Student and staff unions host joint Town Hall



By Roe Medovoi-Klotz

On Tuesday night, approximately 20 members of the Emerson College Staff and Student Unions gathered in the SPC Black Box Theater to host an open forum and discuss issues such as equitable pay, understaffing, and lack of financial transparency at Emerson. 

The meeting was hosted to get students involved in and aware of the political negotiations at Emerson that actively affect them, according to Dylan Young, a sophomore visual media arts major and ECSU’s chairman of digital output, deputy chairman of grassroots output, and media organizer.

“[Our main goal] is to not only connect students with the union struggles at campus… but to understand that the issues affecting staff and students are one and the same,” Young said in an interview with The Beacon.

The prevailing issue among those discussed was the matter of faculty wages and financial undercompensation within the Emerson staff. 

“We are being underpaid in comparison to a lot of peer institutions,” said Isobel Roumovsky, instructor technologist at Emerson and Chief Steward of the Union. “They always want to move us to what is considered ‘competitive’ but they do it over so many years that it’s no longer relevant.”

Roumvski described Tuesday’s negotiations for a salary and wages increase higher than the 3.5% being offered as part of the 2022 Emerson Staff Compensation Plan. Ideally, salary and wages should accurately reflect a cost of living adjustment (COLA), and compensate workers for inflation that affects basic expenses such as rent and food. 

“Everybody needs to be paid equitably and fairly, according to market conditions,” Roumovski said. “They need to be making living wages.” 

After much negotiation, Emerson Finance Department responded by increasing the 3.5% to 3.6%, a miniscule change Roumovsky described as “insulting” to the Union efforts. This lack of clear communication and effective response from the Emerson administration is not uncommon during negotiations, she said.

“Overall [the demands] we have been asking for have been [ignored],” she said. “Management has been coming back with counters that [are] working ever so slightly towards what we are asking for… but on a week-to-week basis, negotiations have been moving ever so slowly.”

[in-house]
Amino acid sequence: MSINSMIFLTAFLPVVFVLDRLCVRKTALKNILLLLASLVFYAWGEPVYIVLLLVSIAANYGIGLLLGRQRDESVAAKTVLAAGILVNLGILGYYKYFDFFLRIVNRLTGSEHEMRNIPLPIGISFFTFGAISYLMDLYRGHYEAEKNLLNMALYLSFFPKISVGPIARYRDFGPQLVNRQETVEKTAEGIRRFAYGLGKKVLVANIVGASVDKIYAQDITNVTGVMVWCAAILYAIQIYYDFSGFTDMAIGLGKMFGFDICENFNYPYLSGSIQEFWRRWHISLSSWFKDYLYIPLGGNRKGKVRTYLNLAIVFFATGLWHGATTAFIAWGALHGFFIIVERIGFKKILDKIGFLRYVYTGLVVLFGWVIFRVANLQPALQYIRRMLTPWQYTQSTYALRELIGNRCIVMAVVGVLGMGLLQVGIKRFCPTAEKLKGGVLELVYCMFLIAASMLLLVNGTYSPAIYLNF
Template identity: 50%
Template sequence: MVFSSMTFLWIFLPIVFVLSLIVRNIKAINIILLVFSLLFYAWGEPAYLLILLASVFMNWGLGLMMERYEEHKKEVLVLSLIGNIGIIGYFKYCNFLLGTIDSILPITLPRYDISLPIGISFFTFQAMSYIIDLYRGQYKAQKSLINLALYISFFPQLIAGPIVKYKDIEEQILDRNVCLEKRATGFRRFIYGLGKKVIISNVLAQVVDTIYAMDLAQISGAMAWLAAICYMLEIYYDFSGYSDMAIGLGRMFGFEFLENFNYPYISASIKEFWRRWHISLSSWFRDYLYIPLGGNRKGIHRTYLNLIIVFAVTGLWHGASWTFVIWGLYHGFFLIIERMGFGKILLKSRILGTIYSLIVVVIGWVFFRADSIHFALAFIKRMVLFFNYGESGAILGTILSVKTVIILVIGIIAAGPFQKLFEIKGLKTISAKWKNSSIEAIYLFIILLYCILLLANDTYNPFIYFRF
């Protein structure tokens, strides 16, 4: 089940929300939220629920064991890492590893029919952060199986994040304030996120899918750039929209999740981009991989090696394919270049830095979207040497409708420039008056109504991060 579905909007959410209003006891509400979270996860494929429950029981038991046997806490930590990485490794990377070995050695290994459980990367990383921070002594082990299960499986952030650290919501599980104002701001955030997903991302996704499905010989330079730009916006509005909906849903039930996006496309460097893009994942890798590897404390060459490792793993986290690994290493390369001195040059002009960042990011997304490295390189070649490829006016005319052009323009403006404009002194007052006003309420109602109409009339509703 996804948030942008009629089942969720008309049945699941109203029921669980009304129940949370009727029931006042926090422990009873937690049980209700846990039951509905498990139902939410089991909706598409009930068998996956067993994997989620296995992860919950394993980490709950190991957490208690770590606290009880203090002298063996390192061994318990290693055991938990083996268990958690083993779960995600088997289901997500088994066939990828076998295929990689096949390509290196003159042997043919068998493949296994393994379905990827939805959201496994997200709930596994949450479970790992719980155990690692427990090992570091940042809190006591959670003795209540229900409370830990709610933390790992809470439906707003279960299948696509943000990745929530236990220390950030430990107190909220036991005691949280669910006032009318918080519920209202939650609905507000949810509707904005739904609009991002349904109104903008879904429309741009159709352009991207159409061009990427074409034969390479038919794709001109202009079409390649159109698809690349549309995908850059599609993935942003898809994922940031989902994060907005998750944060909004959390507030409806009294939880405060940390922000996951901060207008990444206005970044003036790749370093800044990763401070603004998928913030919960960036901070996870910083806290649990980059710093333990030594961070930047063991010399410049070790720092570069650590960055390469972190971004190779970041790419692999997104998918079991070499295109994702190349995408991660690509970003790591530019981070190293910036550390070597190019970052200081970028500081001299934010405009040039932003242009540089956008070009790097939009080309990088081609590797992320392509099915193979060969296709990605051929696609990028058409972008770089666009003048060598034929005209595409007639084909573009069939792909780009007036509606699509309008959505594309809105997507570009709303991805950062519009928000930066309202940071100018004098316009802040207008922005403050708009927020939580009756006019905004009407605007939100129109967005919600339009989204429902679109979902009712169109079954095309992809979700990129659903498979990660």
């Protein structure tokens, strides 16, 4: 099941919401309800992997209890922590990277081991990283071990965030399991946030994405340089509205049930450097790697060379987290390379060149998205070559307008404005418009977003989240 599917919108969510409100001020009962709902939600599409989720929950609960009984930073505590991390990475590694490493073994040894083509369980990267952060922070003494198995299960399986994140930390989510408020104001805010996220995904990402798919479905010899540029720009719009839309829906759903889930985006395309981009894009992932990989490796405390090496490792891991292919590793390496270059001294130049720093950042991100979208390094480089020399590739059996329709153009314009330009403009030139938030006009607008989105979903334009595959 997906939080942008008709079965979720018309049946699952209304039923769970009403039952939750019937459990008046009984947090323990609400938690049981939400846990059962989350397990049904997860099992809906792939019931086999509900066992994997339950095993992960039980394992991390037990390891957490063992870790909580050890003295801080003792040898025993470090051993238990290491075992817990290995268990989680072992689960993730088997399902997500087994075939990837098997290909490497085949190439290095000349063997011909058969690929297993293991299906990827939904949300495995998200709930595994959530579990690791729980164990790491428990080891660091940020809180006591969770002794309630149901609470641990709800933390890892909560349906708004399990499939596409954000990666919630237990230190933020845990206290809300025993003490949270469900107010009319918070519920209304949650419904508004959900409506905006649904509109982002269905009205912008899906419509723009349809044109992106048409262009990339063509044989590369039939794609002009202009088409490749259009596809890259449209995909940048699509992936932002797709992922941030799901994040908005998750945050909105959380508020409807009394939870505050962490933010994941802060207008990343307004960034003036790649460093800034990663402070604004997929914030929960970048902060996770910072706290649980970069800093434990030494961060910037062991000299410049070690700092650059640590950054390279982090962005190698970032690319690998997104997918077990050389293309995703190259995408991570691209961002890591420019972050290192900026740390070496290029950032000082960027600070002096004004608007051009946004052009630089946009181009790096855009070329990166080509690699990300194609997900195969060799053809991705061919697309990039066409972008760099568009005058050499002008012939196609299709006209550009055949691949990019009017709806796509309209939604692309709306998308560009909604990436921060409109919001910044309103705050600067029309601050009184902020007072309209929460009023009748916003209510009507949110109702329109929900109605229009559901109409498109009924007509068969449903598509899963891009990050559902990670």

Union organizers also raised the issue of financial transparency, as students remain in the dark as to how the majority of their tuition funds are being  used. 

“We are demanding full financial and administrative transparency from the college,” Young said. “We are not to be economically exploited as a cost of tuition… and we as a collective don’t think that every dollar we’re spending is necessary.”

“Emerson is relatively unique in the fact that they publicize none of their multi-hundred-million-dollar endowment,” according to the Student Union’s website. “As the students who contribute 89% of their profit, we have a right to know where our money is going.”

Beyond financial matters, Union organizers are equally worried about student health and safety on campus. A major concern raised within the Town Halls was the lack of more serious COVID-19 protocols, such as designated isolation rooms or weekly testing sites—policies that were in place one year ago.   

“We have gone from mandatory testing to not even providing testing for people who have COVID,” said Dylan Butcher, a student organizer. 

Butcher also noted that given how much students are paying in tuition, it’s “embarrassing” that Emerson is asking students to donate meal swipes for other students who are food insecure. 

“We pay so much money for [The Emerson Administration] not to cover our basic needs,” said  Max Eberie, a sophomore VMA major and fellow student union organizer.

As more students pourpour onto campus this fall and faculty pay remains the same, the union staff has suffered the brunt of this economic hardship. The turnover rate has been a whopping 39% over the past two years, according to membership records. 

“We’re whittling down our institution,” Young said. “We’re leaving less money to the staff, which [manifests itself] as having less people in the staff. And then we’re trying to make more money by enrolling more students. It’s just becoming unstable.”

Throughout the town hall, staff union members reported being underpaid, overworked, and feeling taken for granted. According to a survey, more than half of workers within higher education plan to leave their jobs within the next year, citing low pay and stressful working conditions.

This trend is not exclusive to Emerson, which has witnessed a net 2% of full-time staff leave in search of higher paying employment between the 2018-19 and 2021-22 school years. The union’s self-described goal is to make sure staff and faculty are treated fairly and prevent this trend from escalating further. 

The Staff Union’s three main goals are to reduce tuition, make mental health care resources more accessible on campus, and to be an ally to the staff struggle. Their other goals and further elaboration can be found on the Student Union’s website.

While these demands are still subject to ongoing negotiations with the Emerson board of directors and future president, members of the staff union such as Roumovoski remain optimistic about making Emerson a better place for staff and students alike. 

“After a long day of negotiating… it’s been really nice to spend time with so much support in one room, working towards something really positive,” she said.